Bob
     
    Last edited: Jan 16, 2019
  23. My roddin days started in the '50's. Never heard of a tanker, a dizzy or a tranny. Them things you shifted were gearboxes, or just plain boxes. If it shifted itself, it was a slush box.
     
  24. Flathead Dave
    Joined: Mar 21, 2014
    Posts: 2,205

    Flathead Dave
    ALLIANCE MEMBER
    from So. Cal.

    Sounds more like someone is trying to make a new name for something to make it cool to them.

    Sent from my SM-G930T using The H.A.M.B. mobile app
     
  25. Same to me. I started following LSR when I was about 9, in 1964. I had read a book about the Arfons Green Monster, the school library also had one on Don Garlits.
     
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  26. razoo lew
    Joined: Apr 11, 2017
    Posts: 272

    razoo lew
    Member
    from Calgary

    Not tankers. Ever.
     
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  27. Russco
    Joined: Nov 27, 2005
    Posts: 4,060

    Russco
    Member
    from Central IL

    My dad owns the Ardun from this car, He’s one of those “old guys”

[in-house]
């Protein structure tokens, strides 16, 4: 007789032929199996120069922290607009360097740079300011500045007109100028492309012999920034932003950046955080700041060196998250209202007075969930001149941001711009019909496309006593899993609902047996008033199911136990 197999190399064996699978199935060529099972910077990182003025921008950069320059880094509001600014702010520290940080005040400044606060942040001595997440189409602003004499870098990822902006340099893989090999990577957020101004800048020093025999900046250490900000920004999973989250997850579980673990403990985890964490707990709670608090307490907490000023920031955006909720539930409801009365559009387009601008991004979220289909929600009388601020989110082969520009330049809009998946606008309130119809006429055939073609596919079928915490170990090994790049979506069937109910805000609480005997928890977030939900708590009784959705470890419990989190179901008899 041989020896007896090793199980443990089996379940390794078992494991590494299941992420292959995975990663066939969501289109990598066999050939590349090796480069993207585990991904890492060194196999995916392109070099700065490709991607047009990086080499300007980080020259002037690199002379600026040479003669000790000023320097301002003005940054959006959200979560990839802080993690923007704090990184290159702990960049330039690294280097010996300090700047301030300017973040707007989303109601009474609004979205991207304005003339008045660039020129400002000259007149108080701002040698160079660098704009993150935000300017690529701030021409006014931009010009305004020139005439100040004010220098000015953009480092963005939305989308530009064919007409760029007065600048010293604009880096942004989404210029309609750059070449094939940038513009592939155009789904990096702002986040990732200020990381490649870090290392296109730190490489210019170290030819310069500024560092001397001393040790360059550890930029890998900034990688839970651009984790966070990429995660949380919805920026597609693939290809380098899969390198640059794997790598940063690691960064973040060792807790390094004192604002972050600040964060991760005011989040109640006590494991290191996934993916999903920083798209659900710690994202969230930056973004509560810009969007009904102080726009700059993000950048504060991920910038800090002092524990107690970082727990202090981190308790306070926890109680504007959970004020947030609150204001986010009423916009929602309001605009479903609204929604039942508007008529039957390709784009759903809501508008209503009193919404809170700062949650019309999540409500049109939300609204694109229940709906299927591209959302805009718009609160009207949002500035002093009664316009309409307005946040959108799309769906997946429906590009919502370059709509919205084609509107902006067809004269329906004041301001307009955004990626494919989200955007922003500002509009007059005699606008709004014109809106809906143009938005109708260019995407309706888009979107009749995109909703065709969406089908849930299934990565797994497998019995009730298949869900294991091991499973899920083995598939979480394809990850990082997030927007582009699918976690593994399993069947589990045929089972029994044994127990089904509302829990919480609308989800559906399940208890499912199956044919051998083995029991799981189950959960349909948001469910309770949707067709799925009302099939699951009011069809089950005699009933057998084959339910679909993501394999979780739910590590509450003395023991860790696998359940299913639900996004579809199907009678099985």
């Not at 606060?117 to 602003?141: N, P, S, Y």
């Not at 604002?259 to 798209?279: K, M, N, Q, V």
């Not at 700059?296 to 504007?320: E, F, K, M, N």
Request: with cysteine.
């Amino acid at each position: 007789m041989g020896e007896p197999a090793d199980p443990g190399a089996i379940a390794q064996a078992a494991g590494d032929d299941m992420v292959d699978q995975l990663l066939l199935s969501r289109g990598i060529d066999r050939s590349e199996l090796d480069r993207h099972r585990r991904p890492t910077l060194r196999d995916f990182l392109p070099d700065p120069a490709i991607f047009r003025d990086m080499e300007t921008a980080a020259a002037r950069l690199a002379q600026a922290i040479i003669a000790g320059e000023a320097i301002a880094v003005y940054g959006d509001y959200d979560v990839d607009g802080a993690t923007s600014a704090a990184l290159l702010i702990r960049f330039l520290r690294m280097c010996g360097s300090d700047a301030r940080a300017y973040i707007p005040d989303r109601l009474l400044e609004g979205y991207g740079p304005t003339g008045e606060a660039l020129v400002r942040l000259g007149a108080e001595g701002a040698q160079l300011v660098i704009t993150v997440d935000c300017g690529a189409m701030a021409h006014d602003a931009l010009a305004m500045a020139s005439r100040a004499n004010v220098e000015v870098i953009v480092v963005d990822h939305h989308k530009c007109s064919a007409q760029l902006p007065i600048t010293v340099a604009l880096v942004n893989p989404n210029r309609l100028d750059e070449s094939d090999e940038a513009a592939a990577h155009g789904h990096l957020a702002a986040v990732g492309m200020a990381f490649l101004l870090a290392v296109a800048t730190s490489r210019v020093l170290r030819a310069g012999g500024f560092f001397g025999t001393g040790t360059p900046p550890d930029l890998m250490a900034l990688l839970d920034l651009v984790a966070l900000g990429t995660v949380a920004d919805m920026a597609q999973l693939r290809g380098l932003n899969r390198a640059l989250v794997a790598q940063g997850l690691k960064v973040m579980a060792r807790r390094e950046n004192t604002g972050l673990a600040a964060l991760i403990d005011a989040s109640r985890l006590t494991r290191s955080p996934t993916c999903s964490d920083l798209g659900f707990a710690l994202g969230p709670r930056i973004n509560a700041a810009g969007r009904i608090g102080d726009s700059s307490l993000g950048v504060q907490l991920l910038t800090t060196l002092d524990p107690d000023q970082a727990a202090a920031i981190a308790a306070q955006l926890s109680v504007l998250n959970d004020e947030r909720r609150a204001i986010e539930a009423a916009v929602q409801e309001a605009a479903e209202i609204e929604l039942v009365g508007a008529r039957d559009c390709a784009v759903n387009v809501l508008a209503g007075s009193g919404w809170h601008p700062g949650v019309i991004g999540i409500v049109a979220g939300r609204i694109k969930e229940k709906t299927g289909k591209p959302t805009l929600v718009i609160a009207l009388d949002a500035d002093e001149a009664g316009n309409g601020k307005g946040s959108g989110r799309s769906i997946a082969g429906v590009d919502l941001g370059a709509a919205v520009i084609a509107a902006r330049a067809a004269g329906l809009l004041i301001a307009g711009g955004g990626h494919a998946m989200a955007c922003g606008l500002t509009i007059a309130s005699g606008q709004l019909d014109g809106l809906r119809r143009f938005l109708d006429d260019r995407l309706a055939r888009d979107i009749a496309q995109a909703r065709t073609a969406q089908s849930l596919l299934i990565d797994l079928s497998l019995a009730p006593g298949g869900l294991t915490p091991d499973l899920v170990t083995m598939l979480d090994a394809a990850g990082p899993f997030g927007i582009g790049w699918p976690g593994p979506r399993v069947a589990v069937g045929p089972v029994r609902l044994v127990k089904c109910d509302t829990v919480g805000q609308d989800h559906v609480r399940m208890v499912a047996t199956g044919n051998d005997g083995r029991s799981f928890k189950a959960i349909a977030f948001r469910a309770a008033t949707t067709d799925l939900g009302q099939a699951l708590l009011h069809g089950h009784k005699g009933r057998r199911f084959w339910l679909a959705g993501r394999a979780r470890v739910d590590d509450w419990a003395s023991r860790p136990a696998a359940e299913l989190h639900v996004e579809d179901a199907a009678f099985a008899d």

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  28. gimpyshotrods
    Joined: May 20, 2009
    Posts: 16,138

    gimpyshotrods
    Member

    I did ask the last guy who said it "how many gallons", even though I knew what he was getting at.
     
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  29. Boodlum
    Joined: Dec 19, 2007
    Posts: 127

    Boodlum
    Member

    "Tankers" were Corvettes. Usually referred to as 1963 and later C2 Z06 cars with 36.5 gallon fuel tank but there were earlier C1 cars with big tanks. In 1961 my friend Bill Fritts rented Augie Pabst's 1960 tanker, tuned it for speed on the straight highway between Midland and Lubbock TX, took it to Sebring and won the GT class. First time a Corvette won GT at Sebring. The River Rat Road Racers.

    ETA: After the "airbox" Corvettes came the "tankers". Both highly desirable.
     
    Last edited: Jan 16, 2019
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  30. seb fontana
    Joined: Sep 1, 2005
    Posts: 5,850

    seb fontana
    Member
    from ct

    So I guess "Tankster" was a never...